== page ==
Jan. 13 (Bloomberg) -- U.K. house prices rose to an eight- month high in December as homebuyers rushed to complete their purchases before the end of the year and demand from investors increased, Acadametrics Ltd. and LSL Property Services Plc said.
The average price of a home in England and Wales rose 0.2 percent from November to 220,385 pounds ($338,000), the groups said in an e-mailed report in London today. Transactions rose 3 percent. From a year earlier, values were down 0.5 percent.
“We have experienced a period of relative stability in house prices, which is perhaps surprising given the turmoil observed in the financial markets,” Acadametrics Chairman Peter Williams said in the report. This year “seems likely to be a repeat, with uncertainty, once again, dominating the picture.”
The U.K. economy barely grew in the fourth quarter, according to the National Institute of Economic and Social Research, while rising unemployment and the euro-area debt crisis are undermining consumer confidence and property demand. Banks expect to toughen lending terms because of strains in funding markets, making it harder to get mortgages.
In a separate report, a U.K. output index declined in December for a seventh month, “pointing to a growing risk of a return to contraction,” accountancy firm BDO LLP said. The gauge estimating output over the coming three months dropped to 91.4, the lowest since April 2009, from 92.5 in November. Readings below 95 indicate contraction.
Out of the 10 regions in England and Wales tracked by Acadametrics, all apart from London and Wales saw their average values decline in the past three months compared with a year earlier. Values in the capital rose 0.2 percent in November, according to the latest available regional data, after increasing 0.5 percent in October.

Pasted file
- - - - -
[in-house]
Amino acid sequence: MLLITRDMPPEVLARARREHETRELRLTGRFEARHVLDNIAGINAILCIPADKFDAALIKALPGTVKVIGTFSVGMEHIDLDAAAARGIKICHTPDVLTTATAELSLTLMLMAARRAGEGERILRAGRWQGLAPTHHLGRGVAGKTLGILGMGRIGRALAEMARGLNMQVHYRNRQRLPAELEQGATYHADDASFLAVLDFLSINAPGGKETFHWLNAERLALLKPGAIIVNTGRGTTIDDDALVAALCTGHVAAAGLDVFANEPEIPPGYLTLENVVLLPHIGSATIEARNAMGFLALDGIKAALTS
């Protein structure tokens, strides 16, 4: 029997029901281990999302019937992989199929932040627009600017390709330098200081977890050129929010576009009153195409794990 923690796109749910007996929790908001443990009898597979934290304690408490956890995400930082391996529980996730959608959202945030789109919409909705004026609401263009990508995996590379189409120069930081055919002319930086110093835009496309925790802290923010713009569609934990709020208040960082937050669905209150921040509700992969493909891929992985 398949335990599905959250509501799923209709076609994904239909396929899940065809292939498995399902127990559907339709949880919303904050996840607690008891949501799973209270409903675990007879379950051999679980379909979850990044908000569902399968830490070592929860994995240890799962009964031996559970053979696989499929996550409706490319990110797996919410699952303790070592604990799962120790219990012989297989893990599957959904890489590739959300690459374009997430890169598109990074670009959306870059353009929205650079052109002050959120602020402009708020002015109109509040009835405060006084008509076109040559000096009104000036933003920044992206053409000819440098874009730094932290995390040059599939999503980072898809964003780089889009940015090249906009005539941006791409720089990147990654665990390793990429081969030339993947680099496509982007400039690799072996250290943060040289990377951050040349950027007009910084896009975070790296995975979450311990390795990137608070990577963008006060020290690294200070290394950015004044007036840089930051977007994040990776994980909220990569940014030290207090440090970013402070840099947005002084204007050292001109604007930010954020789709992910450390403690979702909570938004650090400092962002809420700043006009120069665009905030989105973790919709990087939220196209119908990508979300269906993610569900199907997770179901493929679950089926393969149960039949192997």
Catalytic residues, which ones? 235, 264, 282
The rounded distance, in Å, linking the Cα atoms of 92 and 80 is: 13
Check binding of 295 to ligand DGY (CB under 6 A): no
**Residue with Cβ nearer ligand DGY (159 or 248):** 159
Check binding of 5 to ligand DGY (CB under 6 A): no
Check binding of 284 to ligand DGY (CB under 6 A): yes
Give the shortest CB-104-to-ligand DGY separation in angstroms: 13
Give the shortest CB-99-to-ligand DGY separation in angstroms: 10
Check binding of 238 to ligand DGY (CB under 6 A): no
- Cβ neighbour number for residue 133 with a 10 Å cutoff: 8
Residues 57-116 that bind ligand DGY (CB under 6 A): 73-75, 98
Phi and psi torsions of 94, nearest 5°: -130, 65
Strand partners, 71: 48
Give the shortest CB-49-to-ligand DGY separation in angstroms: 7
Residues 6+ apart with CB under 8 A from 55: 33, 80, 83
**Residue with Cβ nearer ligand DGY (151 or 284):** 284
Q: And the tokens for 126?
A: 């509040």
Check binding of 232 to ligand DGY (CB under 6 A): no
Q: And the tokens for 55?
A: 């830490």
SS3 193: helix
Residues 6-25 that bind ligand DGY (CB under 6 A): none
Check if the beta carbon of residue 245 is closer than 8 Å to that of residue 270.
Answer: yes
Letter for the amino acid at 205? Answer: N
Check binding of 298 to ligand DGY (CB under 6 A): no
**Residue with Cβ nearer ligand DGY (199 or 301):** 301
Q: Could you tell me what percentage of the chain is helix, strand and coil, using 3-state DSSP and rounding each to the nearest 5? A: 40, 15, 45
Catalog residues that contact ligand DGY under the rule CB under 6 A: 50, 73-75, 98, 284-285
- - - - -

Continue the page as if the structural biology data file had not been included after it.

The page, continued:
The number of transactions probably gained 3 percent to 59,150 in December from the previous month, with purchasers “keen to complete the transaction move prior to the New Year,” Acadametrics and LSL said. The number of properties sold rose 3.6 percent in the August-December period compared with a year earlier as demand from buy-to-let investors increased, they said.
“The housing market has on balance performed well compared to the economy as a whole,” Williams said. “It has shown considerable resilience and subject to any sharp rise in interest rates or unemployment, or falls in income, it looks likely that it could continue along this path in 2012.”
Transactions in 2011 may have fallen 2.1 percent to 650,000 from a year earlier, the groups said. That compares with an annual average of 1.07 million in the previous 16 years, they said.
Acadametrics and LSL combine initial transaction data from the U.K. Land Registry and results from other price measures for their index of values.
--Editors: Fergal O’Brien, Emma Ross-Thomas
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